The outbreak in China has affected every sector of tech manufacturing, leading analysts to reduce production estimates for everything from TVs and smartphones to laptops and videogame consoles.
The Coronavirus outbreak has threatened the world, as well as disrupted global economies, causing severe economic and market dislocation. Even as toxic pollution levels fell significantly in China between January and February (scientists think Coronavirus is a large part of the reason), satellite images collected by the National Aeronautics and Space Administration (NASA) and the European Space Agency (ESA)—and shared by NASA’s Earth Observatory—have shown a dramatic decline in pollution levels over China. This is partly due to an economic slowdown prompted by the Coronavirus, says NASA.
The images show falling levels of nitrogen dioxide amid record declines in China’s factory activity. Scientists believe that the reduction in levels of nitrogen dioxide—a noxious gas emitted by motor vehicles and industrial facilities—was first apparent near the source of the outbreak in Wuhan city, but then spread across the country. The report by the US agency has compared the first two months of 2019 with the same period this year. The space agency noted that the decline in air pollution levels coincided with restrictions imposed on transportation and business activities, and as millions of people went into quarantine. “This is the first time I have seen such a dramatic drop-off over such a wide area for a specific event,” Fei Liu, an air quality researcher at NASA’s Goddard Space Flight Center, said in a statement published on BBC News. She observed a decline in nitrogen dioxide levels during the economic recession in 2008, but that decrease was more gradual. NASA noted that China’s Lunar New Year celebrations in late January and early February have been linked to decrease in pollution levels in the past, but they normally increase once the celebrations are over. “This year, the reduction rate is more significant than in past years and it has lasted longer,” Liu said.
Factory activity in China fell at a record rate in February. The official measure of manufacturing activity—the Purchasing Manager’s Index (PMI)—dropped to 35.7 from 50 in January. It shows the virus is having a bigger impact than the financial crisis that shook the world in the last decade. PMI figures are a key indicator of a county’s economic health and can move financial markets.
The outbreak in China has affected every sector of tech manufacturing, leading analysts to reduce production estimates for everything from TVs and smartphones to laptops and videogame consoles. While there is no clear evidence, it is also believed that climate change triggered the virus to jump from animals to humans. As climate change is likely to increase the number of future epidemics caused by viruses, scientists feel the rising temperatures are making the immune system less effective.
Apart from China, Italy’s air quality and emissions have been affected. The worst out of all European countries, Italy saw a steep fall in industrial activity and road traffic, amounting to a drop in air pollution. According to the European Space Agency’s Copernicus Sentinel-5P satellite, which tracked nitrogen dioxide emissions over the continent from January 1 until March 11, north Italy’s Po Valley, the most industrialised part of the country, saw a clear decline in air pollution. All this came after a complete shutdown of services, including bars, pubs, restaurants and other venues, resulting in a reduction in traffic, air and industrial pollution.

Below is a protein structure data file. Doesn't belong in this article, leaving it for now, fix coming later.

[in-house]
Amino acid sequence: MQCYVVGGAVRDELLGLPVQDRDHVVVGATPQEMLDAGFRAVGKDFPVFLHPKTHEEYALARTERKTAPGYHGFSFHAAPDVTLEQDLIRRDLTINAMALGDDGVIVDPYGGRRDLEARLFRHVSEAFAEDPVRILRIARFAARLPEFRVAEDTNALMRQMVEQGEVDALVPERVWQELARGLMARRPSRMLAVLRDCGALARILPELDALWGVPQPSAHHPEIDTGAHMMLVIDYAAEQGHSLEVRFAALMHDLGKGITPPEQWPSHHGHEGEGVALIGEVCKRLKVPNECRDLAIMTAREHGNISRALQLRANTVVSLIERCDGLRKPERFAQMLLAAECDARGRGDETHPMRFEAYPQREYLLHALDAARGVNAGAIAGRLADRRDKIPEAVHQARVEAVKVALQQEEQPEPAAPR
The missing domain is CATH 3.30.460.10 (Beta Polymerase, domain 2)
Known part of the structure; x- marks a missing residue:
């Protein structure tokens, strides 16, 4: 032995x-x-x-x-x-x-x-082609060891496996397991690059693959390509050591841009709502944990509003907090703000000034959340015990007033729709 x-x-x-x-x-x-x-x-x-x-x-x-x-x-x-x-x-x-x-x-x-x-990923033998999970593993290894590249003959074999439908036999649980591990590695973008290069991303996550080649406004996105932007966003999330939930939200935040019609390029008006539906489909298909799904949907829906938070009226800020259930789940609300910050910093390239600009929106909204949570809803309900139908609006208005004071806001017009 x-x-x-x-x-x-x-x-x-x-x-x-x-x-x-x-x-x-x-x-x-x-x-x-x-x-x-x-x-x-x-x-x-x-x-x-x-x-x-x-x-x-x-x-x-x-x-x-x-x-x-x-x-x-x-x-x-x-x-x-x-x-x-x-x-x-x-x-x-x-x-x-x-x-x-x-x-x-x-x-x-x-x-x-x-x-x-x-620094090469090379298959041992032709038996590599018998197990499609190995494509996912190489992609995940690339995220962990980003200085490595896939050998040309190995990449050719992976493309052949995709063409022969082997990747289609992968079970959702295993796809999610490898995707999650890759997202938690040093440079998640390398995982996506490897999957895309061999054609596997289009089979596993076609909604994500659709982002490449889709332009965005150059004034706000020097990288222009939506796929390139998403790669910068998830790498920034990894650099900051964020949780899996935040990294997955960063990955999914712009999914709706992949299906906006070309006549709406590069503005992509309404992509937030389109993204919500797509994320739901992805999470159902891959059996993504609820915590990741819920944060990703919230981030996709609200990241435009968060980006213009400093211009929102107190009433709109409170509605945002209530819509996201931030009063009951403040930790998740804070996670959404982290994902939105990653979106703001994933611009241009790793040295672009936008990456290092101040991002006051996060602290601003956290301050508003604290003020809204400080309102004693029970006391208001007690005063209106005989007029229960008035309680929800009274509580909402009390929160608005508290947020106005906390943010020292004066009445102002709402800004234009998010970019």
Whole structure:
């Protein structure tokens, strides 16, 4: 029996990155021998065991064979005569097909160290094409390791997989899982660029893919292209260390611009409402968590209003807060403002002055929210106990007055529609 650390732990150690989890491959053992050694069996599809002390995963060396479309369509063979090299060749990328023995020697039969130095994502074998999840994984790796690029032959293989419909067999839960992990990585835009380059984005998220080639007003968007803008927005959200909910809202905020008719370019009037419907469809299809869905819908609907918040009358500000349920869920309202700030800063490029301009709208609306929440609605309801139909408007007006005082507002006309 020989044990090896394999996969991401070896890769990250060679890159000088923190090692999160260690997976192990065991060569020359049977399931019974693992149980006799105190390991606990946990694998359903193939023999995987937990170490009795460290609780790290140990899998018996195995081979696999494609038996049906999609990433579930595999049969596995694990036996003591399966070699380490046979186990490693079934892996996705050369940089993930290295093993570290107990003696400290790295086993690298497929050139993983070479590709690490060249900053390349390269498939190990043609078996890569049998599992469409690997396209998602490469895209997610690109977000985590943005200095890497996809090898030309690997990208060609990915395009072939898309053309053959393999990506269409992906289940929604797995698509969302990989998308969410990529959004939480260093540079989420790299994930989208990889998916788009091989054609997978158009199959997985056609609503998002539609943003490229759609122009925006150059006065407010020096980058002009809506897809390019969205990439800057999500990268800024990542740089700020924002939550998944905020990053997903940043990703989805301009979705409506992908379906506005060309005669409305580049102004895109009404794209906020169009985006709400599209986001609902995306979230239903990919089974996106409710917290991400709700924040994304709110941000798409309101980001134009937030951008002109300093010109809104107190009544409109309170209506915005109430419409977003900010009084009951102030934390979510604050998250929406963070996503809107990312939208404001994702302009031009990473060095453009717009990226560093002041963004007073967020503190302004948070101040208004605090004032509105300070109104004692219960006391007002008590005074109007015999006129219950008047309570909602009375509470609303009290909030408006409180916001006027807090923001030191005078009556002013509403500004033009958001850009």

As per air quality monitoring website AirQualityNow.eu, London also saw a drop of nitrogen dioxide from 96 on March 15 to just 20 on March 16. However, the European Public Health Alliance (EPHA) warned that dirty air in urban areas that causes hypertension, diabetes and other respiratory illness could lead to a higher overall death toll from the virus. Emissions from petrol and diesel engines were still at ‘dangerous’ levels that could imperil the most vulnerable during future pandemics.
The global health crisis has made many countries announce lockdowns. Millions have cancelled travel plans, affecting the hospitality and tourism sector, disrupting events and social gatherings. Schools have been shut too. Flights cancelled, factories closed, and several events linked to the fossil fuel industry have been postponed.
Can less travel lead to less emission? A report published last year in Reuters said commercial flying accounts for about 2.5% of global carbon emissions today but without concrete steps, that number will rise if global air travel increases. The aviation industry has set out a four-pronged plan to achieve carbon-neutral growth from 2020 and halve net emissions from 2005 levels by 2050.
If flying less or the health crisis could help reduce carbon emissions, are we prepared to face the future impact of global slowdown in the long term to achieve a low-carbon path? The financial losses due to the Coronavirus all over the world will surely drain the resources. Think about it.